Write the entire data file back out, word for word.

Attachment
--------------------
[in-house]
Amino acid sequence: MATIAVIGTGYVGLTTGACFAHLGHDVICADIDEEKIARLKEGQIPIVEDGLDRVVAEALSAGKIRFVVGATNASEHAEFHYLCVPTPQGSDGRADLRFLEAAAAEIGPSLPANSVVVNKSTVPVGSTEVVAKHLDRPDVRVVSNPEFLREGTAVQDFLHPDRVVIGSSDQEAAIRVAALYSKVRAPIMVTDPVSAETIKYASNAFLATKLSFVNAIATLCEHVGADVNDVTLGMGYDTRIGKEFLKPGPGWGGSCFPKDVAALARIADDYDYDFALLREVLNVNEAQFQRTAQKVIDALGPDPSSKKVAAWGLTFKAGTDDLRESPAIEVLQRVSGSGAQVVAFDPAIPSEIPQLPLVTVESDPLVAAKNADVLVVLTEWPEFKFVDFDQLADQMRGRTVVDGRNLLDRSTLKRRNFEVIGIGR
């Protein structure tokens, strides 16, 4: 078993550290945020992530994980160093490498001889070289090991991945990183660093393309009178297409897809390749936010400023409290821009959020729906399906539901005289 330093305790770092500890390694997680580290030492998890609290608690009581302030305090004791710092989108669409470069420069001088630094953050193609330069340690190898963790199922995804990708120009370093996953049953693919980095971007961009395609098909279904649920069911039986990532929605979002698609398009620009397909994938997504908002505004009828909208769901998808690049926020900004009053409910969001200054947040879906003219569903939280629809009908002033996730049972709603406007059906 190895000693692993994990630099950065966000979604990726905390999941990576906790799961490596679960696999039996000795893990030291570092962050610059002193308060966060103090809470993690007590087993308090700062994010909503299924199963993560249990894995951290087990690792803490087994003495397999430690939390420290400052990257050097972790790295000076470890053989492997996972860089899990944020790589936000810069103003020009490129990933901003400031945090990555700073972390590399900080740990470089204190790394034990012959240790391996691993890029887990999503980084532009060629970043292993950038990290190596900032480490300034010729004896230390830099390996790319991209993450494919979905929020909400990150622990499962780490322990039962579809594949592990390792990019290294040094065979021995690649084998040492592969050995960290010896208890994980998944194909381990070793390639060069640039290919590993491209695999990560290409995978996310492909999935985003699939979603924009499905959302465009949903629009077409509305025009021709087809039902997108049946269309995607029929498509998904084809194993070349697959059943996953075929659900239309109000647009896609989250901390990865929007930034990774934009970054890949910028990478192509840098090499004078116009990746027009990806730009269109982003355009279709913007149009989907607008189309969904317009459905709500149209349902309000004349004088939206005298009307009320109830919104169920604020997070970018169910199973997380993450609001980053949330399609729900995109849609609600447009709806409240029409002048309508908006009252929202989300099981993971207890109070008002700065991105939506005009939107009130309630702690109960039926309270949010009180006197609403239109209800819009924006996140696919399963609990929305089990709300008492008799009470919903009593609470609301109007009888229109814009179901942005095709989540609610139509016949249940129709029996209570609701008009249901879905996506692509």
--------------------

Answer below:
[in-house]
Amino acid sequence: MATIAVIGTGYVGLTTGACFAHLGHDVICADIDEEKIARLKEGQIPIVEDGLDRVVAEALSAGKIRFVVGATNASEHAEFHYLCVPTPQGSDGRADLRFLEAAAAEIGPSLPANSVVVNKSTVPVGSTEVVAKHLDRPDVRVVSNPEFLREGTAVQDFLHPDRVVIGSSDQEAAIRVAALYSKVRAPIMVTDPVSAETIKYASNAFLATKLSFVNAIATLCEHVGADVNDVTLGMGYDTRIGKEFLKPGPGWGGSCFPKDVAALARIADDYDYDFALLREVLNVNEAQFQRTAQKVIDALGPDPSSKKVAAWGLTFKAGTDDLRESPAIEVLQRVSGSGAQVVAFDPAIPSEIPQLPLVTVESDPLVAAKNADVLVVLTEWPEFKFVDFDQLADQMRGRTVVDGRNLLDRSTLKRRNFEVIGIGR
């Protein structure tokens, strides 16, 4: 078993550290945020992530994980160093490498001889070289090991991945990183660093393309009178297409897809390749936010400023409290821009959020729906399906539901005289 330093305790770092500890390694997680580290030492998890609290608690009581302030305090004791710092989108669409470069420069001088630094953050193609330069340690190898963790199922995804990708120009370093996953049953693919980095971007961009395609098909279904649920069911039986990532929605979002698609398009620009397909994938997504908002505004009828909208769901998808690049926020900004009053409910969001200054947040879906003219569903939280629809009908002033996730049972709603406007059906 190895000693692993994990630099950065966000979604990726905390999941990576906790799961490596679960696999039996000795893990030291570092962050610059002193308060966060103090809470993690007590087993308090700062994010909503299924199963993560249990894995951290087990690792803490087994003495397999430690939390420290400052990257050097972790790295000076470890053989492997996972860089899990944020790589936000810069103003020009490129990933901003400031945090990555700073972390590399900080740990470089204190790394034990012959240790391996691993890029887990999503980084532009060629970043292993950038990290190596900032480490300034010729004896230390830099390996790319991209993450494919979905929020909400990150622990499962780490322990039962579809594949592990390792990019290294040094065979021995690649084998040492592969050995960290010896208890994980998944194909381990070793390639060069640039290919590993491209695999990560290409995978996310492909999935985003699939979603924009499905959302465009949903629009077409509305025009021709087809039902997108049946269309995607029929498509998904084809194993070349697959059943996953075929659900239309109000647009896609989250901390990865929007930034990774934009970054890949910028990478192509840098090499004078116009990746027009990806730009269109982003355009279709913007149009989907607008189309969904317009459905709500149209349902309000004349004088939206005298009307009320109830919104169920604020997070970018169910199973997380993450609001980053949330399609729900995109849609609600447009709806409240029409002048309508908006009252929202989300099981993971207890109070008002700065991105939506005009939107009130309630702690109960039926309270949010009180006197609403239109209800819009924006996140696919399963609990929305089990709300008492008799009470919903009593609470609301109007009888229109814009179901942005095709989540609610139509016949249940129709029996209570609701008009249901879905996506692509």